This letter was sent to the Providence College campus by college president Rev. Brian J. Shanley regarding the college’s agreement with the City to acquire public streets in exchange for payments in lieu of taxes:
A Message to the Providence College Community:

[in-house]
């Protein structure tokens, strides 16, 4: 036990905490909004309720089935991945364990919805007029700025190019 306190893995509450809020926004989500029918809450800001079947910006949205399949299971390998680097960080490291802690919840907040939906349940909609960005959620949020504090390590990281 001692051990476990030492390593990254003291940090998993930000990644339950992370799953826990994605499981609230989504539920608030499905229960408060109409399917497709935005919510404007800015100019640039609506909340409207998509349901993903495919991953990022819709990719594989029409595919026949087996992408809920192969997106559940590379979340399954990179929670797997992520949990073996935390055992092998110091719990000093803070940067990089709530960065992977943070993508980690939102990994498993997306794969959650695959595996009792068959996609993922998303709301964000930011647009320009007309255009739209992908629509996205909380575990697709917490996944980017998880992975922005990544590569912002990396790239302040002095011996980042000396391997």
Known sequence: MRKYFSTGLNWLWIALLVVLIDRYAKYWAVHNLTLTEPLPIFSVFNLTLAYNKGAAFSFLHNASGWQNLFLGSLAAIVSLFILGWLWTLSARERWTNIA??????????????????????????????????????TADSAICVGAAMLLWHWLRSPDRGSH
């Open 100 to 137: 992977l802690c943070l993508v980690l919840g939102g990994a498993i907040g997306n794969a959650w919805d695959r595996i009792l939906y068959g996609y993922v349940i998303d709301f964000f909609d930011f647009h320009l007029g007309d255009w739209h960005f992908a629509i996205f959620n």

Providence College is, and always has been, mindful of the significant role that the city of Providence plays in the decision our students make to attend this institution. Providence is a vibrant city with rich history, great restaurants, and myriad tourist and cultural attractions. It is both an alluring and attractive setting for our students and their families. As the leaders of all of Providence’s higher education and major healthcare institutions have noted on multiple occasions, a financially sound city of Providence is critical for the continued prosperity of each of our organizations going forward. With that in mind, I am pleased to announce that the College has reached an agreement with the City that will benefit both parties. The College has agreed to pay the City $3.84 million over a 10-year period to purchase portions of three City streets: Huxley Ave., which runs through the eastern end of the College campus, and both Wardlaw Ave. and Cumberland St. which are part of the northwest border of the campus across from Alumni Hall. (Specifically, the College will purchase Huxley Ave. from Eaton St. to Ventura St., Wardlaw Ave. from Lucille St. to Cumberland St., and Cumberland St. from Wardlaw Ave. to the property line at 30 Cumberland St.)